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I have a Telefunken Superheterodyne D768 BK Trop radio. It used to run on batteries 1,5/90 volts. I want to have a 120 volt power supply to run it but do not know the va to run it. I am also confused as to the voltage. It appears to run on a DC voltage from 1,5 to 90 volts. I need to confirm the voltage and know the VA. Thanks

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HOW MACH COST THIS RADIO? I HAVE ONE

Posted on Oct 20, 2013

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6ya6ya
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Posted on Jan 02, 2017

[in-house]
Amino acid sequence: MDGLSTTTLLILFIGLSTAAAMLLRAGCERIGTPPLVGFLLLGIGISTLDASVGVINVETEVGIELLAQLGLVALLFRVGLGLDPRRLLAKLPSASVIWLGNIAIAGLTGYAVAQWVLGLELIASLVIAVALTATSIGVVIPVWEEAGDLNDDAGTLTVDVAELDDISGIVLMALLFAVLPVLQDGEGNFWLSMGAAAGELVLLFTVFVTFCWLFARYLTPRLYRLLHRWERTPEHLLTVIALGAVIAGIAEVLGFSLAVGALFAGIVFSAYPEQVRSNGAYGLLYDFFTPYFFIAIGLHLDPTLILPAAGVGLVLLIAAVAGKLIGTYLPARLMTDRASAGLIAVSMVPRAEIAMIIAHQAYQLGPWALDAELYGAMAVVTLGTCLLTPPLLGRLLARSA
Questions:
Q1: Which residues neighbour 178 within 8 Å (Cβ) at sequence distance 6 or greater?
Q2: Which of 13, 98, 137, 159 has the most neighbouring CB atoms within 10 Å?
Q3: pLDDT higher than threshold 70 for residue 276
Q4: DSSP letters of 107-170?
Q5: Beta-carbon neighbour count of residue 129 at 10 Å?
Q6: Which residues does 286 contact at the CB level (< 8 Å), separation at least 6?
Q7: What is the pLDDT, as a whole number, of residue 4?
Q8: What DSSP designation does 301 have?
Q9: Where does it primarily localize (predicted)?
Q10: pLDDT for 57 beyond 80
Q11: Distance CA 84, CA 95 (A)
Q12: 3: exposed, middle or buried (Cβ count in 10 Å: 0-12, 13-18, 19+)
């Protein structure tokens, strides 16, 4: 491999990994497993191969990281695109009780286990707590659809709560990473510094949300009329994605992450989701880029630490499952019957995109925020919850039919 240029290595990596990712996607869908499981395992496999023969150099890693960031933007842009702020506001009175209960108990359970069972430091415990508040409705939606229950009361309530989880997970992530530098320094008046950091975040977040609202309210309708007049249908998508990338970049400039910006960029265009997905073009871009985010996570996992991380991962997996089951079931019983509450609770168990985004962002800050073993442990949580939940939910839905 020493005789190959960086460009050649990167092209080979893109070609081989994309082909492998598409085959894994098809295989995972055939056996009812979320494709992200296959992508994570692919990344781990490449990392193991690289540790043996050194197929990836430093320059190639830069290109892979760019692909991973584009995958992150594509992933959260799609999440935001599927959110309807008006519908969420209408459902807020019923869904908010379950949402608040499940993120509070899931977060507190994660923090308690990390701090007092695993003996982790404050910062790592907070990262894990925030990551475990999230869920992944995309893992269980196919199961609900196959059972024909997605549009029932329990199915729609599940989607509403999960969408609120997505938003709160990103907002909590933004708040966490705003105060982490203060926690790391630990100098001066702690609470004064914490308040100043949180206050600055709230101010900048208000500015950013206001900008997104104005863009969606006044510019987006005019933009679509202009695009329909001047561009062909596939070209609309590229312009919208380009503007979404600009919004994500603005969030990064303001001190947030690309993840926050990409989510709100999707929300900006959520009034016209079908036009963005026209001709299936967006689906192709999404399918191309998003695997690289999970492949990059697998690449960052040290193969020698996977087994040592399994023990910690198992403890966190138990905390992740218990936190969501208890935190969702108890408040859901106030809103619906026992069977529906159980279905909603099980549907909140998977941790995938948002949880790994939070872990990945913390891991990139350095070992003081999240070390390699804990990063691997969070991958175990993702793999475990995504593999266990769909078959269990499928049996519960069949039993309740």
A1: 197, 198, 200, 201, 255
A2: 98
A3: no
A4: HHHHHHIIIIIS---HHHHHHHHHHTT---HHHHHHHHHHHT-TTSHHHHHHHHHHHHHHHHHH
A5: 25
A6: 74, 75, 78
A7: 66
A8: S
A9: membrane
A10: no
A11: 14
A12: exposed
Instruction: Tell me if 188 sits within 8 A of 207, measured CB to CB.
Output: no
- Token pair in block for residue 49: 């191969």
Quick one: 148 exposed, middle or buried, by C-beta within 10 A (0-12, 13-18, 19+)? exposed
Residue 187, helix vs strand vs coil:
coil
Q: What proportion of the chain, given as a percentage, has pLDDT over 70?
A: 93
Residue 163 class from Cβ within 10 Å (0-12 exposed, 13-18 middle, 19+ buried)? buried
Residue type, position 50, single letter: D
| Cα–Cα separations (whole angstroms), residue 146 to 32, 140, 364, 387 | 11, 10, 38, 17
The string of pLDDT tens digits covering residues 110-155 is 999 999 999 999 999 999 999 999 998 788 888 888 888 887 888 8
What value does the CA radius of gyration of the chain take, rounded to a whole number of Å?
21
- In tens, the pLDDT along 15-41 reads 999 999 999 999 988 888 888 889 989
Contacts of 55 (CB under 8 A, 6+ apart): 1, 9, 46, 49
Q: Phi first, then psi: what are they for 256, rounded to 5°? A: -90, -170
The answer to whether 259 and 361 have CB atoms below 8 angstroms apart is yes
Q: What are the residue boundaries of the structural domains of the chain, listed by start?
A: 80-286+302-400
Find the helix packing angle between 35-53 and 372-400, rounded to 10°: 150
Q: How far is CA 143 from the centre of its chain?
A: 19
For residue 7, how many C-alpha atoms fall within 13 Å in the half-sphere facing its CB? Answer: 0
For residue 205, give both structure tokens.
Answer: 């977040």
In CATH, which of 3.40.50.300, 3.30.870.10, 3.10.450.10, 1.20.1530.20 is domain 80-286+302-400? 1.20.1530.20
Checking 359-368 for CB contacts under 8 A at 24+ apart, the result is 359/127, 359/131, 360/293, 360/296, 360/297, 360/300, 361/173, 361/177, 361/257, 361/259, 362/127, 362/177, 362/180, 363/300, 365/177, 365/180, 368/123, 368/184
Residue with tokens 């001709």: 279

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mark24354
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SOURCE: speaker compatibility

First, the voltage. Your easiest solution would be to go to Radio Shack and buy a voltage converter. This will allow you to run 220 V appliances from your 110 - 120 V power supply. Make sure the unit you buy has a 2-blade plug on it like any other cord in your house.

The reason i say, make sure it looks like other cords in your house is because you can also buy a Travel Converter. The travel converter allows you to use your 120 V equipment in other countries (converts from 220 -> 110 instead of what you want 110 -> 220). These ususally have several odd-looking plugs with them that can be changed.

Also be sure you get an adapter that is for appliances and actually says it converts from 110 -> 220. Best bet is to talk with the Radio Shack, Frys or other electrical equipment store personnel. They have seen this question before.